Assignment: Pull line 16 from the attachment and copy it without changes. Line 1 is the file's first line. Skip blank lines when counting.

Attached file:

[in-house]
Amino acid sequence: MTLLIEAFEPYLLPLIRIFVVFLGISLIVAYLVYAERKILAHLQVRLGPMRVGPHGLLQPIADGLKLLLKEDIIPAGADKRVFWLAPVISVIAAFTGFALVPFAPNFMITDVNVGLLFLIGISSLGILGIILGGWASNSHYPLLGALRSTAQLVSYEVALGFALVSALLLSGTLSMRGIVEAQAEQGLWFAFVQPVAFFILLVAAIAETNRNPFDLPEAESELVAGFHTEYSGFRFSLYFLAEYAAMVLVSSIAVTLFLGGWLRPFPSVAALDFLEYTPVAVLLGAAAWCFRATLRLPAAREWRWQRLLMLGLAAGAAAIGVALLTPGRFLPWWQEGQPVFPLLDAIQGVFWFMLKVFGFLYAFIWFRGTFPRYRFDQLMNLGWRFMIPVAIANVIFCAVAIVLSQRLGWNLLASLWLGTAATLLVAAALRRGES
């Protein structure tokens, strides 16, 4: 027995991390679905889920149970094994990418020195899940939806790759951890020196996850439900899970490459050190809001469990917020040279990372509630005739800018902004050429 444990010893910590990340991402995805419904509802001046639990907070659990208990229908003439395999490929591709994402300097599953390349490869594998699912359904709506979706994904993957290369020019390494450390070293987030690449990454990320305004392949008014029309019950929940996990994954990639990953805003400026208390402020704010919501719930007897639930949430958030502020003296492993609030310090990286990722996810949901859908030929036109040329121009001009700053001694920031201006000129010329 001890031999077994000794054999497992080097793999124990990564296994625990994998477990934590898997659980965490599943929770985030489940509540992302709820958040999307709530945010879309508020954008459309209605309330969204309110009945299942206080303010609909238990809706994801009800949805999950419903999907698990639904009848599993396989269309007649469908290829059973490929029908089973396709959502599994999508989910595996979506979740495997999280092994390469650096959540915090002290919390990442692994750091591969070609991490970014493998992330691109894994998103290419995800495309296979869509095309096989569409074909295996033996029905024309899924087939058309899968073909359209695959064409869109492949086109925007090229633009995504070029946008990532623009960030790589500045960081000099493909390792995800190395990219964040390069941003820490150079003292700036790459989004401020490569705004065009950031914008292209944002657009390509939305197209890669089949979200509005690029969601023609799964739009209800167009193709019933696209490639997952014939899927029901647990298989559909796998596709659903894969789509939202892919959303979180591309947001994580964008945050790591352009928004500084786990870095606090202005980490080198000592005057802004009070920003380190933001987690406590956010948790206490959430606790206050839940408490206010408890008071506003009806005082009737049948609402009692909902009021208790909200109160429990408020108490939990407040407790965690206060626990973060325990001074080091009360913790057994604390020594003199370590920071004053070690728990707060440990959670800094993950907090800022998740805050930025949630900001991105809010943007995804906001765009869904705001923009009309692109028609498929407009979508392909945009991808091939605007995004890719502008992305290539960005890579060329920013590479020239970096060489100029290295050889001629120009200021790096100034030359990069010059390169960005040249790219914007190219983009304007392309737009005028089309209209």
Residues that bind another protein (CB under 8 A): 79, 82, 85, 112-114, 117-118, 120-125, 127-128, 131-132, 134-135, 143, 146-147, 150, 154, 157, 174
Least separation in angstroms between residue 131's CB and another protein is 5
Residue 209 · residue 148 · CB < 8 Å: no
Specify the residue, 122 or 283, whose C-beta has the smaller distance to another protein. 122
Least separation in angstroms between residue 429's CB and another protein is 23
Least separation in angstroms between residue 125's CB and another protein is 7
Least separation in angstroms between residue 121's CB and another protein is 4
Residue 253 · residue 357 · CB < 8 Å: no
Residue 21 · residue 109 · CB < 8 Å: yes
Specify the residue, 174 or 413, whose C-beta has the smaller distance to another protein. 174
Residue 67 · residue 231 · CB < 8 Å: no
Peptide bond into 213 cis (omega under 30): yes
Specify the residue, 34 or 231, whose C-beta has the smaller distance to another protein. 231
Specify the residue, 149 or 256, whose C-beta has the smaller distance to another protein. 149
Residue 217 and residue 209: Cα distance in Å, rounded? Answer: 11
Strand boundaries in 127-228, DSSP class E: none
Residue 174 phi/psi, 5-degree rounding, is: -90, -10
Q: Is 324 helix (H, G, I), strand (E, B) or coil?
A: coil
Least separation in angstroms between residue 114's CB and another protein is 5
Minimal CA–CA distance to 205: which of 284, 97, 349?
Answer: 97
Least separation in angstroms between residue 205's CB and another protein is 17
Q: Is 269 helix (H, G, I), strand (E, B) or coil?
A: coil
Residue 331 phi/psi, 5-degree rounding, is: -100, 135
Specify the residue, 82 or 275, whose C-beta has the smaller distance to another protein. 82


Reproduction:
Specify the residue, 34 or 231, whose C-beta has the smaller distance to another protein. 231